Why You Should Consider Raising Kids Abroad
We both considered the white button-down shirt as I held it up for inspection. It (like almost everything else in the trendy clothing store) was made out of an inexpensive grade of cotton, required daily ironing, and would undoubtedly shrink the first time it we washed it. All this for only $29.99.
“I know it’s kind of expensive, but can we get it Mom?” my sweet 17-year-old daughter pleaded.
We raised our now bilingual daughter abroad, which helped her land a great job at a nearby hospital. This was the type of shirt she needed for her position, so even though she and I usually hunt for bargains, I bought the shirt.
Our children spent their formative years in Costa Rica and have both grown into thrifty, empathetic, confident, and bilingual teenagers. They’re TCKs!
TCK: Third Culture or Trans-Cultural Kids
According to the website, TCK World:
“A TCK is an individual who, having spent a significant part of the developmental years in a culture other than that of their parents, develops a sense of relationship to both. These children…who live abroad, become ‘culture-blended’ persons who often contribute in unique and creative ways to society as a whole… A TCK can never change back into a monocultural person. Parents of TCKs can return ‘home’ to their country of origin, but the children, enriched by having shared life in their formative years with another people, will find characteristics of both cultures in their very being. Acceptance of this fact frees TCKs to be uniquely themselves. In fact, TCKs have tools to be the cultural brokers of the future.”
Our children were five and seven when we moved to Costa Rica, and we’ve found this glowing description of TCKs to be spot on.
Let me share a little of what it was like raising our children abroad:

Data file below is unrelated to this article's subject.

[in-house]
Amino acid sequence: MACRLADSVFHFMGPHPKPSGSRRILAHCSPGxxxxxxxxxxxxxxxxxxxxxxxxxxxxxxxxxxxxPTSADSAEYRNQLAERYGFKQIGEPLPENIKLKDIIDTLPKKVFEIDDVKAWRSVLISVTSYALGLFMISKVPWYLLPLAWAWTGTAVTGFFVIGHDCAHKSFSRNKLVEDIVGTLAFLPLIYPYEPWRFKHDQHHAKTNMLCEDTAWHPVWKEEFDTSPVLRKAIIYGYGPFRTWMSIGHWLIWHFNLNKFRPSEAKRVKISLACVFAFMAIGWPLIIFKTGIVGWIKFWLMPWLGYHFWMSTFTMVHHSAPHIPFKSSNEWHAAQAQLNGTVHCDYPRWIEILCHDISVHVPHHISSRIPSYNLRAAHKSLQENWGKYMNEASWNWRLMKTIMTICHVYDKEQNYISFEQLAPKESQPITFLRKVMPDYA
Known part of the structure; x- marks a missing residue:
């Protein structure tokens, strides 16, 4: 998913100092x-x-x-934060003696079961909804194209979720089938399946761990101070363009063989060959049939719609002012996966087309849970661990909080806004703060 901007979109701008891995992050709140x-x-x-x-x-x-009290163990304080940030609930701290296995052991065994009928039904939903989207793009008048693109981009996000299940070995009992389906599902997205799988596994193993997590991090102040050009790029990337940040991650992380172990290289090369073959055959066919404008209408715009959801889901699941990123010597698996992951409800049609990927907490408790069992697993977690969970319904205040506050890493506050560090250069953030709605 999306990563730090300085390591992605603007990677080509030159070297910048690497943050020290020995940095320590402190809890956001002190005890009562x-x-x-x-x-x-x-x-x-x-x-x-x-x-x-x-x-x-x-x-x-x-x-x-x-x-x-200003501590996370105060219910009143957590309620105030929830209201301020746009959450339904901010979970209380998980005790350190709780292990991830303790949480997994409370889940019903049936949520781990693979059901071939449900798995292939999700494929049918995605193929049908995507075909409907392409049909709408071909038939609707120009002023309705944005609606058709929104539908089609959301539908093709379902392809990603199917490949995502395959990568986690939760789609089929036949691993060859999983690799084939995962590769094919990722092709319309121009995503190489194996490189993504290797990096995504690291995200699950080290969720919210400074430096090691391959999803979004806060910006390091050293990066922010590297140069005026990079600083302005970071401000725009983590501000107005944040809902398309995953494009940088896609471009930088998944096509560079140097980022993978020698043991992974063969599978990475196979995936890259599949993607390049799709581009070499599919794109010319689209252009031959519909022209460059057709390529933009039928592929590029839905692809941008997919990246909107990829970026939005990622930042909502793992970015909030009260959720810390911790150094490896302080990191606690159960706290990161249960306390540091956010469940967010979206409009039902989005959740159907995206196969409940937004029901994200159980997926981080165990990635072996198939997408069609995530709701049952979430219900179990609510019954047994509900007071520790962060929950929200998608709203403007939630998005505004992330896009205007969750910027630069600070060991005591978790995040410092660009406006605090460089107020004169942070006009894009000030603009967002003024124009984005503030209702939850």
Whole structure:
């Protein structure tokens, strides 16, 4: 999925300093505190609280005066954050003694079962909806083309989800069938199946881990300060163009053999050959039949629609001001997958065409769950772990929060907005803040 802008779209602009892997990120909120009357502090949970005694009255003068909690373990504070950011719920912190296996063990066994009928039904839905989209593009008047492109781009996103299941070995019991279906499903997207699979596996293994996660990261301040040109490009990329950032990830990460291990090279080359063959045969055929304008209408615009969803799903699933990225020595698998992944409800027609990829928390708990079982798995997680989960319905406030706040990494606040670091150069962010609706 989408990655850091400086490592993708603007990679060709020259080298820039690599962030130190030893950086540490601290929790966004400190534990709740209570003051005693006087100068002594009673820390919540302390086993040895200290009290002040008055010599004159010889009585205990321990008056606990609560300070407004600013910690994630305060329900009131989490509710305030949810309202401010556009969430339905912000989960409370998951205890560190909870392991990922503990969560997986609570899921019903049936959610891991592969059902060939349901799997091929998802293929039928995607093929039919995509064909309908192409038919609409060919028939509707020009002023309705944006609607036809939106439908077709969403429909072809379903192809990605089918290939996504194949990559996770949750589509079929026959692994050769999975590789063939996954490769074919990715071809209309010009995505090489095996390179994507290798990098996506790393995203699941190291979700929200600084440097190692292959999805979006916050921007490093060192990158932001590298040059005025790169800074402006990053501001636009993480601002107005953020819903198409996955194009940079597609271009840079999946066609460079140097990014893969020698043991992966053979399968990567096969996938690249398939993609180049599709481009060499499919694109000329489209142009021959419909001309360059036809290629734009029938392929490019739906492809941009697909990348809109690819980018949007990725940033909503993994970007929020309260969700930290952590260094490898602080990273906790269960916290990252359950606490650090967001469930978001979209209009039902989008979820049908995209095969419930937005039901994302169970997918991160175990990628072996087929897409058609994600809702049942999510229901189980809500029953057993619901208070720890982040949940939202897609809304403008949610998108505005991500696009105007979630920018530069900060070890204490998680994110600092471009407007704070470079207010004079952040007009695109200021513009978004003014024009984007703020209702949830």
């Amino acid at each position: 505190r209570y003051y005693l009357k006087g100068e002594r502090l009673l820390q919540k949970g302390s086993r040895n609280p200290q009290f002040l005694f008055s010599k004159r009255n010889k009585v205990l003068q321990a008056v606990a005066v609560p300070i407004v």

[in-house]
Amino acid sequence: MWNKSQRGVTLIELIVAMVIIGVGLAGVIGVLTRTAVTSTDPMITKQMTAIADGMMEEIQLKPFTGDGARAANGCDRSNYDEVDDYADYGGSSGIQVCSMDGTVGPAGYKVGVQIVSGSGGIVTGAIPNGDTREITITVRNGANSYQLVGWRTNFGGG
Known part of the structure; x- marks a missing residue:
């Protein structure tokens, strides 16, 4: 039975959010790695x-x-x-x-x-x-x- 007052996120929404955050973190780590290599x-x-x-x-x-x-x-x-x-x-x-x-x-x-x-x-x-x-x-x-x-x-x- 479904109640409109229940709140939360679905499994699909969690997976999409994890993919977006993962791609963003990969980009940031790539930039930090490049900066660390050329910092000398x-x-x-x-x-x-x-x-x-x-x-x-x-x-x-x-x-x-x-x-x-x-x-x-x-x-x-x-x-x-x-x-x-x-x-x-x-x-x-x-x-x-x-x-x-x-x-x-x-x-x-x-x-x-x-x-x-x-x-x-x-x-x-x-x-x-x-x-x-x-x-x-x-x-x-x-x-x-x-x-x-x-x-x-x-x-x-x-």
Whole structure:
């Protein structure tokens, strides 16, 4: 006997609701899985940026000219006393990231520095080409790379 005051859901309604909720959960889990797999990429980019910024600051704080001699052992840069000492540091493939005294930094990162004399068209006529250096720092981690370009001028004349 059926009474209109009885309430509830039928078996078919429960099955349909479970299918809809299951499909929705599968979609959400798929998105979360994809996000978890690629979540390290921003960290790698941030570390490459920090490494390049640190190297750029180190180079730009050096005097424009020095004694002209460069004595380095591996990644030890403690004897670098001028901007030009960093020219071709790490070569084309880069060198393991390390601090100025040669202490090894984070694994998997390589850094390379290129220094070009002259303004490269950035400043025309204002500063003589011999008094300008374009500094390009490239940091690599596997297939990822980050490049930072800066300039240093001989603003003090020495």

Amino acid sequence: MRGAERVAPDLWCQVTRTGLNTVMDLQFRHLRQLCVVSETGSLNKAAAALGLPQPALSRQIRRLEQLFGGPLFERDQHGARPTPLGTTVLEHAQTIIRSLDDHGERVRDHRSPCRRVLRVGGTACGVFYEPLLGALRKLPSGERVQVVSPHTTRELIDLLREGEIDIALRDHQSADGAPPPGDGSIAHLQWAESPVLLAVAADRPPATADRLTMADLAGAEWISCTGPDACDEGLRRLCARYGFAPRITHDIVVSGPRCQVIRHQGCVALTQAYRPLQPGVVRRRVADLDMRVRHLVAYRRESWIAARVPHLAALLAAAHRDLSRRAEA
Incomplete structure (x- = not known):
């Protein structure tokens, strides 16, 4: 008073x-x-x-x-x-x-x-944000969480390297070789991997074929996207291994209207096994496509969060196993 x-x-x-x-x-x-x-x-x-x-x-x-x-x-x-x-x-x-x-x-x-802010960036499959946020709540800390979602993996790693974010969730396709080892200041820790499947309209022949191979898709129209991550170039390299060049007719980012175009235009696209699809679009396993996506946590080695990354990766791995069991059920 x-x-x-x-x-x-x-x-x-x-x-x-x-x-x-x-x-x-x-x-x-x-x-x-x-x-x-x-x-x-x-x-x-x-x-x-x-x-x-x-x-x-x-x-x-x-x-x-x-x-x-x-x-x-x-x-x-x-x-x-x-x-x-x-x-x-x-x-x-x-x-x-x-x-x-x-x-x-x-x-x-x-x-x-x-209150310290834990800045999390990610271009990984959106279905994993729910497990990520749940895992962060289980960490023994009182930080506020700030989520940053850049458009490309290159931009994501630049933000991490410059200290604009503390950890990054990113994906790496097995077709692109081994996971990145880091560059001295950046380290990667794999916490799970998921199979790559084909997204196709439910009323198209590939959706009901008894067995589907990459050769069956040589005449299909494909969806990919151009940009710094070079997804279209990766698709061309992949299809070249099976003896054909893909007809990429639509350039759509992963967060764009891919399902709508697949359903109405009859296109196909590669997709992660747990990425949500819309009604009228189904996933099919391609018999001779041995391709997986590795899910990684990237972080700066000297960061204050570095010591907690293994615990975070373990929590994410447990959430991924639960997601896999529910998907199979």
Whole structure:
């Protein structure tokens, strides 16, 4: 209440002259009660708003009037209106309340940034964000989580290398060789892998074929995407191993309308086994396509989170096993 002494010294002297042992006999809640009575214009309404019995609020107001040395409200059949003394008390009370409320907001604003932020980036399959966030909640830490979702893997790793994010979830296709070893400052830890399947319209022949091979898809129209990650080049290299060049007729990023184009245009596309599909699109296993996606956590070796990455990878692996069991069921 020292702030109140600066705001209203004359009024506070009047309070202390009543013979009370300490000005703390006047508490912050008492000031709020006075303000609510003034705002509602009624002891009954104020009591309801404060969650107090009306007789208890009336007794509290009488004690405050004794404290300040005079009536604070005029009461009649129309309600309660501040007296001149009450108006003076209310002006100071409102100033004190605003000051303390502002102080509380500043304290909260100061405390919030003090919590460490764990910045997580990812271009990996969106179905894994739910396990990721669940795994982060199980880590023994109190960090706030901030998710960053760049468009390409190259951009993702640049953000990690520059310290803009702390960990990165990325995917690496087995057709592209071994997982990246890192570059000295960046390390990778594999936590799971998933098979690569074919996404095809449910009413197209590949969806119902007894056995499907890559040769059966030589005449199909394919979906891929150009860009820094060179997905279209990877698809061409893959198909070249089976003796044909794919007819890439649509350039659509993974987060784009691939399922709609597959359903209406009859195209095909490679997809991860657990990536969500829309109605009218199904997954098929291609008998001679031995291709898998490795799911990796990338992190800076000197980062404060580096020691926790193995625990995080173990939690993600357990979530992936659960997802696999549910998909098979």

During our first couple of months in Costa Rica, we helped our kids make the transition into the schools (where the majority of courses were taught in Spanish) by providing some language tutoring. This tutoring, combined with the daily immersion at school, helped our kids quickly become fluent in the language and flourish in their studies.
All of the schools our children attended (both private and public) did not have air conditioning – just ceiling fans in various states of disrepair. Fortunately, our kids had no memory of air-conditioned modern classrooms in the US, so they contentedly considered each day’s weather conditions (even in the jungle) as just what to expect that time of year.
Most people in Costa Rica are rarely in a hurry, so our children became incredibly patient. Like the Ticos (the preferred term for Costa Ricans), they would wait without complaint in the inescapable hour-long lines at banks, government offices, or utility companies. This was even more remarkable because cell phone use is not allowed inside of banks, even to play a game.
Instant gratification is unheard of in Costa Rica, and Ticos understand that life is rich and should be savored. It took a while for us to learn how to slow down and…